But once Jonah got on their boat, it's now their problem, too. Once you get around other people and attach yourself to other people when you're disobedient, you will affect other people, just between God and Jonah until they got on their boat. Once he got on their boat, it became part their problem. Your disobedience affects other people.
Remember Joshua chapter 7, a guy named Achan, who saw a Babylonian garment, 200 shekels of silver, a wedge of gold, stole it, hid it in his tent, buried it in the ground. The children of Israel were defeated at the town of Ai, A-I, it's called. Some pronounce it A-I. It's really Ai. Doesn't matter what it's pronounced. I don't know why I'm going on about this. They were defeated because he did that.
His disobedience caused the death of several people in the camp of Israel. Or David, who at the end of one of the New Testament books, 1 Samuel, 2 Samuel, 2 Samuel, the last chapter, 2 Samuel, the last couple of chapters, decided to count the people in the army to see how many fighting men were a part of his nation. He numbered the people. It caused the life of 70,000 people from the top of Israel down to the bottom of Israel, Beersheba. 70 died because of one man's disobedience.
When you drag others into your disobedience, it's problematic. Then they said, verse 8, "Please tell us for whose cause is this trouble upon us, what is your occupation?" Ooh. He's getting nailed. It reminds me of this true story when I was pulled over for speeding in my youth. I was in my 20s, maybe around, maybe 30s, maybe 30s. It was in another state. Pulled over, and the policeman was so angry. I was on a motorcycle. The wind was-- it was beautiful. But I get pulled over for speeding.
And so the police officer was very, very insistent, and he said to me, what do you do for a living? And I said, I'm a teacher. Which is true. Sort of. And he said, oh really, where do you teach? Now I had to say, at a church. I'm a pastor of a church. You are? So sleeping prophet, what is your occupation? Where do you come from? What is your country? And of what people are you? So they said to him-- he said to them, "I am a Hebrew, and I fear the Lord."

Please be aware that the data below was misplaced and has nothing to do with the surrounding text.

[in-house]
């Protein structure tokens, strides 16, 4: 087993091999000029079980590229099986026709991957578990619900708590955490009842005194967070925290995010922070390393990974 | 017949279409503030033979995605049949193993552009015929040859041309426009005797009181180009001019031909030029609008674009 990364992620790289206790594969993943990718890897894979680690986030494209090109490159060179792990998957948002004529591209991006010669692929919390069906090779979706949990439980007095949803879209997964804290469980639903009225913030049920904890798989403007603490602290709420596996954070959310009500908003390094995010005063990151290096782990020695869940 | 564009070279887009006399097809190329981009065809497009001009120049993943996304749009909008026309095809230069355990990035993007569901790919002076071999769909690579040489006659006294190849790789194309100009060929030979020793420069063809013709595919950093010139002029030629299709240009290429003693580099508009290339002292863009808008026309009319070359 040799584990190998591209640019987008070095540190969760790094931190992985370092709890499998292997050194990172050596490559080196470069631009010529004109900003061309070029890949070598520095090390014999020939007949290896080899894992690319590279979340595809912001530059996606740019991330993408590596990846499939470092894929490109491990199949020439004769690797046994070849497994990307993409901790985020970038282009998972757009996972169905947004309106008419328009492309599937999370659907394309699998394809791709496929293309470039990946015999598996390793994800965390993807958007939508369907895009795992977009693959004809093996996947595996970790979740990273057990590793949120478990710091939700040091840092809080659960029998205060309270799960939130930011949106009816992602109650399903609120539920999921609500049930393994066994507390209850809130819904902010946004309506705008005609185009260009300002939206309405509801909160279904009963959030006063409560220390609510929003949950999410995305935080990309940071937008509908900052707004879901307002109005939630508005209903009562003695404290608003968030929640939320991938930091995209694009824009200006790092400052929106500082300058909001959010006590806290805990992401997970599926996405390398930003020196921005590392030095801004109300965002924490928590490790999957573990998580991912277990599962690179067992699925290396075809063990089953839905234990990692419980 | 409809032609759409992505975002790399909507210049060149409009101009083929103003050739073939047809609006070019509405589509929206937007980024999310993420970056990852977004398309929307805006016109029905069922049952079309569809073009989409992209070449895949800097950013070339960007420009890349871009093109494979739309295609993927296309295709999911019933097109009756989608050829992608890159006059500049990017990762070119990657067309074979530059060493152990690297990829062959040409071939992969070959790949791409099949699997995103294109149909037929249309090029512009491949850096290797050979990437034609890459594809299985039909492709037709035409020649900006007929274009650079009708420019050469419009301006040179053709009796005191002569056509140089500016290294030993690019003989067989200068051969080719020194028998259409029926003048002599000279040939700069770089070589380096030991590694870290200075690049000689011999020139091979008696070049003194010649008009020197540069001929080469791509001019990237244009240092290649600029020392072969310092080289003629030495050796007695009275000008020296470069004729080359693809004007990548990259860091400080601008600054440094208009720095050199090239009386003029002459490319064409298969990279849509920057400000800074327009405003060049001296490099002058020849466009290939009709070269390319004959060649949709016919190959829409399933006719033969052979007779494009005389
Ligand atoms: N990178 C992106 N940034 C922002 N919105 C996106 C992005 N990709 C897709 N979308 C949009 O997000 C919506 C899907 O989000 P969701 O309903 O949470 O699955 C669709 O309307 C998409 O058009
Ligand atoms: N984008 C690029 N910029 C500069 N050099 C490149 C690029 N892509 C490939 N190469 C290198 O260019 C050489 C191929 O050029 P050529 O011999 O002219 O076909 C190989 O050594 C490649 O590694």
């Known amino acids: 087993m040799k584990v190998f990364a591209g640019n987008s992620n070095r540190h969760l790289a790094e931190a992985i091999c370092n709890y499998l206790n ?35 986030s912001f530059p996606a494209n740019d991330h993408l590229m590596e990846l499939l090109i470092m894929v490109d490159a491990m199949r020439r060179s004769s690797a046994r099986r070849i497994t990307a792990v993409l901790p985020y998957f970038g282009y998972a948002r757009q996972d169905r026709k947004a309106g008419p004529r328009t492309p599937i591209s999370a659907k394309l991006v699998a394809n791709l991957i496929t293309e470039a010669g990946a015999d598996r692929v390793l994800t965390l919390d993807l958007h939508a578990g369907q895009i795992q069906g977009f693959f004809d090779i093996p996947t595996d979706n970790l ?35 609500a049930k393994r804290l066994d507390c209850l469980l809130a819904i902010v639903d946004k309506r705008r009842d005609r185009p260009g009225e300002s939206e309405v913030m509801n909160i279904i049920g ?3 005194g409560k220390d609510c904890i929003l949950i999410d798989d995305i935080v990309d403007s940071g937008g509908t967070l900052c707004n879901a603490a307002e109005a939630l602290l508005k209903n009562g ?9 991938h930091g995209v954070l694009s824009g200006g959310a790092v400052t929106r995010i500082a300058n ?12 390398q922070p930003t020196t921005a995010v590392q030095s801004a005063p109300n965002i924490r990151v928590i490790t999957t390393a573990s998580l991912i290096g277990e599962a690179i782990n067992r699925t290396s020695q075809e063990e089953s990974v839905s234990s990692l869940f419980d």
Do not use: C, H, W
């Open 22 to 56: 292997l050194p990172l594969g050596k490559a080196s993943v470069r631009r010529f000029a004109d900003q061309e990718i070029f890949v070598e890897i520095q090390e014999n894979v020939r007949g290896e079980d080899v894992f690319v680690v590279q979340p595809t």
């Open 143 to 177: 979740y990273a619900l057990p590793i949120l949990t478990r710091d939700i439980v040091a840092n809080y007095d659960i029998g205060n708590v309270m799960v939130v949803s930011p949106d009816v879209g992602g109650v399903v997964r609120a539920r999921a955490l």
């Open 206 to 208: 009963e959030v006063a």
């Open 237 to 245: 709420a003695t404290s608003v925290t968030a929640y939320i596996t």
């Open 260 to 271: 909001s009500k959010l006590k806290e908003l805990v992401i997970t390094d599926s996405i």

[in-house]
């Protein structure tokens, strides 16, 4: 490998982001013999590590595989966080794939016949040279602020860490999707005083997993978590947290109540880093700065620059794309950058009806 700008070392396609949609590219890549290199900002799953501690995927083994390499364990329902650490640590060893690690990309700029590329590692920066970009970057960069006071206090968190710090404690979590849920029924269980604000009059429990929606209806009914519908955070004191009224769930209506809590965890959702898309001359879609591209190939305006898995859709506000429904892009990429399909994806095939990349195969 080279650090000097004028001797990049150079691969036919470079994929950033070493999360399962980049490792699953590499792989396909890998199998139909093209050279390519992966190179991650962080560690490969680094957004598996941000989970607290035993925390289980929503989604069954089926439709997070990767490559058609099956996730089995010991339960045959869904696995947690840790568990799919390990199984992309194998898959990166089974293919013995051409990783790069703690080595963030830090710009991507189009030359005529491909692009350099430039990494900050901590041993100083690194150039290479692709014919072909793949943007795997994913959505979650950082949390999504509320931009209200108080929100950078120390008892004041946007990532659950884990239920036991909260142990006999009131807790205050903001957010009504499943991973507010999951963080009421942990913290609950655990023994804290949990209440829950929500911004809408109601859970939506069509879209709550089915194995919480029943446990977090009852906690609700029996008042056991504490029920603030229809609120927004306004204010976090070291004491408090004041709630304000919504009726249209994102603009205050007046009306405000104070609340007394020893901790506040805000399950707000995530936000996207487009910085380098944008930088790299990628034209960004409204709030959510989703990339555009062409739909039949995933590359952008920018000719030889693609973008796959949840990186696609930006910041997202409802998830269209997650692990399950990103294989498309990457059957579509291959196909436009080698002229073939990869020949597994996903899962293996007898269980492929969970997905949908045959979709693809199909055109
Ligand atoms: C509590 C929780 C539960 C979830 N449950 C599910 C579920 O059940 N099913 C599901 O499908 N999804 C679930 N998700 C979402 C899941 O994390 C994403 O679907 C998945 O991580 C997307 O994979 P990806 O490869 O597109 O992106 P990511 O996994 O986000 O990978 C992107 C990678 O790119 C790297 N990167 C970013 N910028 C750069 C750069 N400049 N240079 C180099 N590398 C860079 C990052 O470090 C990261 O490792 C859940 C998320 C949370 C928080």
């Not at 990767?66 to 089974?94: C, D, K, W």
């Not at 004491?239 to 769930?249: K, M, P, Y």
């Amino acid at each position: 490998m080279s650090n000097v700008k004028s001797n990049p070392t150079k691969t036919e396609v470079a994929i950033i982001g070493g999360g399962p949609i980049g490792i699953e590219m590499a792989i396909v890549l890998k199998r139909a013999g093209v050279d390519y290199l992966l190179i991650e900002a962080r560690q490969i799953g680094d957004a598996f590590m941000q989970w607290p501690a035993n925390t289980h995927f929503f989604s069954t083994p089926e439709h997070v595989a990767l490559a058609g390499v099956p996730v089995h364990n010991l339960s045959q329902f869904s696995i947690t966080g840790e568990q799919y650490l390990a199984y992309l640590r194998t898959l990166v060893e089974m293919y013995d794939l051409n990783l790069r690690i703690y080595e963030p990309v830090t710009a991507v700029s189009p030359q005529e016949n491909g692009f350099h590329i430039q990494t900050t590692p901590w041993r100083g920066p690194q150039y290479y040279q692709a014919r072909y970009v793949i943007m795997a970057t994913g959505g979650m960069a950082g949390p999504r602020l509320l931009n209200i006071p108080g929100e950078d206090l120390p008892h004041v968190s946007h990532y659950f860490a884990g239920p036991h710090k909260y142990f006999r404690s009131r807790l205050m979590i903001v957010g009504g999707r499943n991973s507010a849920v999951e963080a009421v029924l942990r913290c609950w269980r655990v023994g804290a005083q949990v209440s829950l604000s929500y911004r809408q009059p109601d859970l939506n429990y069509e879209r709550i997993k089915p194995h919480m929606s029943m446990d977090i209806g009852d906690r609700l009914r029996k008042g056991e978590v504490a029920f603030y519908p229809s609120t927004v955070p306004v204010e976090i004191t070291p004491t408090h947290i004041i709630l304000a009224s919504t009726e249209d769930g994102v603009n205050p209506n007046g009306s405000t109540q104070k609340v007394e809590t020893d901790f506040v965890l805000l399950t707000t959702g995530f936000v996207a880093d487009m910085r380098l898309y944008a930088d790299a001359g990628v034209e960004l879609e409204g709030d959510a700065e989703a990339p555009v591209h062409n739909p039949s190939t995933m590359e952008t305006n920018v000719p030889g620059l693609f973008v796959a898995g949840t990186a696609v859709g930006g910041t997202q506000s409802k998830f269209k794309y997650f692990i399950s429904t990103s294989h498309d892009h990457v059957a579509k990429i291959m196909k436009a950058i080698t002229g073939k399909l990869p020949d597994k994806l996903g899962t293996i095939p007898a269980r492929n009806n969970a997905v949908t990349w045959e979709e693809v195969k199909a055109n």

Yeah, right. I fear Yahweh. That's the covenant name. It's capitalized. See it. That's the covenant name, Yahweh. "I fear Yahweh, the God of heaven, who made the sea and the dry land." So he's sort of witnessing to them very poorly. Verse 10, "Then the men were exceedingly afraid, and they said to him, 'Why have you done this?' For the men knew that he fled from the presence of Yahweh because he had told them."
Notice something in verse 5. It says, the Mariners were afraid, in verse 5. They're afraid of the circumstances. In verse 10, the men were exceedingly afraid. Now they're afraid not of the circumstances, but they're afraid of the consequences. They're saying, in effect, you ticked off that God, Yahweh? We've heard about Yahweh. We've heard about the Red Sea. We've heard about Jericho. We heard about Canaan. He has a reputation. That's why they became exceedingly afraid.
In other words, you bummed him out. And now you're on our boat. That's the implication. I remember when I was on an airplane, I was finding my seat. I sat down. And a couple of ladies walked by me. This was years ago as well. And they said, they said, oh Pastor Skip, so glad to see you aboard this plane. This one lady said, she demured, she goes, I'm just so afraid of flying. I don't like it. I get unnerved by it. But then I saw you on the plane. And now I know everything's going to be OK.
And I didn't tell her what I was thinking. I said, oh thank you. But I was thinking, boy, you know, if I was like rebelling against God, this is the last plane you want to be on. Right? Think of this scenario. Think of somebody saying, oh Jonah, I'm afraid of sailing, but when I saw you on his boat, I knew everything was going to be OK. No, get off the boat.